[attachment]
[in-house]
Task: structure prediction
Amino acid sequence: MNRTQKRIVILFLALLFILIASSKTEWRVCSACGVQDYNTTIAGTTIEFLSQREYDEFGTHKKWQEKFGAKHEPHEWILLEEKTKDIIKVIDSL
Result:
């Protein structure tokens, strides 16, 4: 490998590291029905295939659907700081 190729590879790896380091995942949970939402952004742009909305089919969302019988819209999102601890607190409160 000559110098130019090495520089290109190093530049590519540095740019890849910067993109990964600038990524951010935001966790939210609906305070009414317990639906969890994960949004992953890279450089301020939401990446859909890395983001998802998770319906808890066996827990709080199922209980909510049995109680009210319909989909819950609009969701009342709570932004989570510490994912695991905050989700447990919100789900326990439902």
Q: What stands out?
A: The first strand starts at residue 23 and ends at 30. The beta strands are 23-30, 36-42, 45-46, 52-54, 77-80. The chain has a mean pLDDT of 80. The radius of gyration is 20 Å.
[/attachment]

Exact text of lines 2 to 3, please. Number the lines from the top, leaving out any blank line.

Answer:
Task: structure prediction
Amino acid sequence: MNRTQKRIVILFLALLFILIASSKTEWRVCSACGVQDYNTTIAGTTIEFLSQREYDEFGTHKKWQEKFGAKHEPHEWILLEEKTKDIIKVIDSL